Journal cover Journal topic
Hydrology and Earth System Sciences An interactive open-access journal of the European Geosciences Union
doi:10.5194/hess-2017-89
© Author(s) 2017. This work is distributed
under the Creative Commons Attribution 3.0 License.
Research article
06 Mar 2017
Review status
This discussion paper is under review for the journal Hydrology and Earth System Sciences (HESS).
Toward seamless hydrologic predictions across scales
Luis Samaniego1, Rohini Kumar1, Stephan Thober1, Oldrich Rakovec1, Matthias Zink1, Niko Wanders2, Stephanie Eisner3,a, Hannes Müller Schmied4,5, Edwin H. Sutanudjaja6, Kirsten Warrach-Sagi7, and Sabine Attinger1 1Department of Computational Hydrosystems, UFZ-Helmholtz Centre for Environmental Research, Leipzig, Germany
2Department of Civil and Environmental Engineering, Princeton University, USA
3Center for Environmental Systems Research, University of Kassel, Kassel, Germany
4Institute of Physical Geography, Goethe-University Frankfurt, Frankfurt, Germany
5Senckenberg Biodiversity and Climate Research Centre (BiK-F), Frankfurt, Germany
6Universiteit Utrecht, Department of Physical Geography, Utrecht, the Netherlands
7Institute of Physics and Meteorology, University of Hohenheim, Stuttgart, Germany
anow at: Norwegian Institute of Bioeconomy Research, Ås, Norway
Abstract. Land surface and hydrologic models (LSM/HM) are used at diverse spatial resolutions ranging from 1–10 km in catchment-scale applications to over 50 km in global-scale applications. Application of the same model structure at different spatial scales requires that the model estimates similar fluxes independent of the model resolution and fulfills a flux-matching condition across scales. An analysis of state-of-the-art LSMs and HMs reveals that most do not have consistent and realistic parameter fields for land surface geophysical properties. Multiple experiments with the mHM, Noah-MP, PCR-GLOBWB and WaterGAP models are conducted to demonstrate the pitfalls of poor parameterization practices currently used in most operational models, which are insufficient to satisfy the flux-matching condition. These examples demonstrate that J. Dooge's 1982 statement on the unsolved problem of parameterization in these models remains true. We provide a short review of existing parameter regionalization techniques and discuss a method for obtaining seamless hydrological predictions of water fluxes and states across multiple spatial resolutions. The multiscale parameter regionalization (MPR) technique is a practical and robust method that provides consistent (seamless) parameter and flux fields across scales. A general model protocol is presented to describe how MPR can be applied to a specific model, with an example of this application using the PCR-GLOBWB model. Applying MPR to PCR-GLOBWB substantially improves the flux-matching condition. Estimation of evapotranspiration without MPR at 5 arcmin and 30 arcmin spatial resolutions for the Rhine river basin results in a difference of approximately 29 %. Applying MPR reduce this difference to 9 %. For total soil water, the differences without and with MPR are 25 % and 7 %, respectively.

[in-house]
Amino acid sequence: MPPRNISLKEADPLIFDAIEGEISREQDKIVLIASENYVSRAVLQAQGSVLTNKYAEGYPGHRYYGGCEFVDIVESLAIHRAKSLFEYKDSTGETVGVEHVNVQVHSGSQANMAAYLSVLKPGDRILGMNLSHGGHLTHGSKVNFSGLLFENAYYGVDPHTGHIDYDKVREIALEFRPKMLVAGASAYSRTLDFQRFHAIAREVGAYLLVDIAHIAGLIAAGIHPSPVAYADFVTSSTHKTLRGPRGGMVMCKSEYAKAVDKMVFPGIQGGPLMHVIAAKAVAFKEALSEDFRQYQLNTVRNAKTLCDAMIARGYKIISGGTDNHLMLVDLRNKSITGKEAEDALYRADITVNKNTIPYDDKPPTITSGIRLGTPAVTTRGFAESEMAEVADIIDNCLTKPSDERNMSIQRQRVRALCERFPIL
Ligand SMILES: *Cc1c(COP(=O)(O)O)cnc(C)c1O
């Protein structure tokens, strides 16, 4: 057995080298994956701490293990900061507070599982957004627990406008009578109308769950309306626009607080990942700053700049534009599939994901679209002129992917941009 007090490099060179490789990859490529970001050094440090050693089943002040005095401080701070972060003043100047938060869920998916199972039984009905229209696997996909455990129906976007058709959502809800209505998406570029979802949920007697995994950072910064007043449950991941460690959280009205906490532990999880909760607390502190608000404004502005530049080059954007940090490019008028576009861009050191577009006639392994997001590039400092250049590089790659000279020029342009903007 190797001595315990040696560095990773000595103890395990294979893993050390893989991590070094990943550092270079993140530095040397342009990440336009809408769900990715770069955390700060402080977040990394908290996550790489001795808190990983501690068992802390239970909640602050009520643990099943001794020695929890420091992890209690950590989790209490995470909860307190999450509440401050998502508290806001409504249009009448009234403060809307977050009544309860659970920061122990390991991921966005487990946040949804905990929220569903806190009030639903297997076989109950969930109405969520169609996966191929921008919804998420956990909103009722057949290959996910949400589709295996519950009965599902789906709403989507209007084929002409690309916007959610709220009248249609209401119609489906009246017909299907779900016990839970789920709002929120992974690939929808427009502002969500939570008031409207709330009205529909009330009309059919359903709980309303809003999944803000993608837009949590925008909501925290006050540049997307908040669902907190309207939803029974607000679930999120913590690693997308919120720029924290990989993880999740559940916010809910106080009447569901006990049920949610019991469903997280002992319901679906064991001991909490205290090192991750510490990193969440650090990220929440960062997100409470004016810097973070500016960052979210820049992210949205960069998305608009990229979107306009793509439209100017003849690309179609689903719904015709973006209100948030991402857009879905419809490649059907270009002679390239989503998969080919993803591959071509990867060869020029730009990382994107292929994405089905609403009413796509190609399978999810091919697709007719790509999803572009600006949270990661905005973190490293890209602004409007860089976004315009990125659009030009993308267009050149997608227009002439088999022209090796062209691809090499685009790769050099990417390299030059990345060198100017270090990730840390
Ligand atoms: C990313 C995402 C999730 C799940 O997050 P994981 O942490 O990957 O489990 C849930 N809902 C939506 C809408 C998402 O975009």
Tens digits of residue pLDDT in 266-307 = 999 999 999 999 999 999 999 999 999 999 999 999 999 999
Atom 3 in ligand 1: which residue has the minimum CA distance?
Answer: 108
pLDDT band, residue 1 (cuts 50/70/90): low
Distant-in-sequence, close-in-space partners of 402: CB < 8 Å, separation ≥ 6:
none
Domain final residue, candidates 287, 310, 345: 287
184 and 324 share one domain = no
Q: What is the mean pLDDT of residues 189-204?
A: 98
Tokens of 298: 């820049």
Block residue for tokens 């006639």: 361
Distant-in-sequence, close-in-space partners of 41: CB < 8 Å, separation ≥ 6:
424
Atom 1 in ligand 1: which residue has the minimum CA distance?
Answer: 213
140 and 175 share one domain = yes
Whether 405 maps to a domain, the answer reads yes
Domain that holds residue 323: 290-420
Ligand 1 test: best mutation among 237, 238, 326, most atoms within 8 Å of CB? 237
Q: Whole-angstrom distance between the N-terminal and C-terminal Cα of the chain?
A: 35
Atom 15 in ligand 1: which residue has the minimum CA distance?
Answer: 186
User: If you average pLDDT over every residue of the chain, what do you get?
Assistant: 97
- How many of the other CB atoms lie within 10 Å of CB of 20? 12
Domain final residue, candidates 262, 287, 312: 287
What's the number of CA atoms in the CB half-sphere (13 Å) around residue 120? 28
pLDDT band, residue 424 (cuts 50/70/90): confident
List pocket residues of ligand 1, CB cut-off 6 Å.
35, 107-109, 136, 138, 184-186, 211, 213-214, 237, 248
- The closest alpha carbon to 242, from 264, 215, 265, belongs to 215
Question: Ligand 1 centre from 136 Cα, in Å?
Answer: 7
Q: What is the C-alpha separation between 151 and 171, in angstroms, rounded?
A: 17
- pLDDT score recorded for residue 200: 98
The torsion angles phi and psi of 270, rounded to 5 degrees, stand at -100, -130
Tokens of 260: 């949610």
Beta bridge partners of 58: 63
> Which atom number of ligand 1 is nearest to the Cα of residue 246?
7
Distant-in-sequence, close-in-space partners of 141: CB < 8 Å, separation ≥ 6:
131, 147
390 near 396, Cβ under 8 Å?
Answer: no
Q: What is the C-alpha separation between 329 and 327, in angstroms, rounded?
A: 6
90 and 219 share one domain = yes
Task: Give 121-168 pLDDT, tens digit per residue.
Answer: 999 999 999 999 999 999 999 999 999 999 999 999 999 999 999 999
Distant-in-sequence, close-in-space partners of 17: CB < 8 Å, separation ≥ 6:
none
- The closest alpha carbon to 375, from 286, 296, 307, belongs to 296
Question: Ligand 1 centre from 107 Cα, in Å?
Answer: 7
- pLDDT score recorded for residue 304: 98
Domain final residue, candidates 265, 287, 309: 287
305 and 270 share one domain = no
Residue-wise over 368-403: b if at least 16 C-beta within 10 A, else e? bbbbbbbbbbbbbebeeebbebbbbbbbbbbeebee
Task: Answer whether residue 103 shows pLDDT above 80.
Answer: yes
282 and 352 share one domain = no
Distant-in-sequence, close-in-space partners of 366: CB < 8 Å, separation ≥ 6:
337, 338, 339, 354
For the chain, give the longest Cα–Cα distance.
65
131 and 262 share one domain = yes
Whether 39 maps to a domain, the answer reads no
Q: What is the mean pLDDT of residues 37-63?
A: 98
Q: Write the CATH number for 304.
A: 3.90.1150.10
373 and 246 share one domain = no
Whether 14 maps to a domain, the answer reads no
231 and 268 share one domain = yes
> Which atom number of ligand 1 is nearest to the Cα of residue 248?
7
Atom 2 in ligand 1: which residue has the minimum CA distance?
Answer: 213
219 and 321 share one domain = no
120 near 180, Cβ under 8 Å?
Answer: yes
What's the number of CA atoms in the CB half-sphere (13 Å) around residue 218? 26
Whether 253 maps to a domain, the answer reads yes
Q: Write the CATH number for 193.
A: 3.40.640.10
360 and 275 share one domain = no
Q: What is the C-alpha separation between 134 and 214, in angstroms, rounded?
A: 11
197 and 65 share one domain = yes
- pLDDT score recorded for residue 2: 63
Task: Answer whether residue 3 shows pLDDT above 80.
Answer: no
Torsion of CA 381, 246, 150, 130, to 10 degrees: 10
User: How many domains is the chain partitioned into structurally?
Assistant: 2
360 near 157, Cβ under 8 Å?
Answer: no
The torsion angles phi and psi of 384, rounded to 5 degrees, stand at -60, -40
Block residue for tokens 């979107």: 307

Citation: Samaniego, L., Kumar, R., Thober, S., Rakovec, O., Zink, M., Wanders, N., Eisner, S., Müller Schmied, H., Sutanudjaja, E. H., Warrach-Sagi, K., and Attinger, S.: Toward seamless hydrologic predictions across scales, Hydrol. Earth Syst. Sci. Discuss., doi:10.5194/hess-2017-89, in review, 2017.
Luis Samaniego et al.
Luis Samaniego et al.
Luis Samaniego et al.

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Short summary
We inspect the state-of-the-art of several land surface (LSM) and hydrologic models(HM) and show that most do not have consistent and realistic parameter fields for land surface geophysical properties. We propose to use the multiscale parameter regionalization (MPR) technique to solve, at least partly, the scaling problem in LSMs/HMs. A general model protocol is presented to describe how MPR can be applied to a specific model.
We inspect the state-of-the-art of several land surface (LSM) and hydrologic models(HM) and show...
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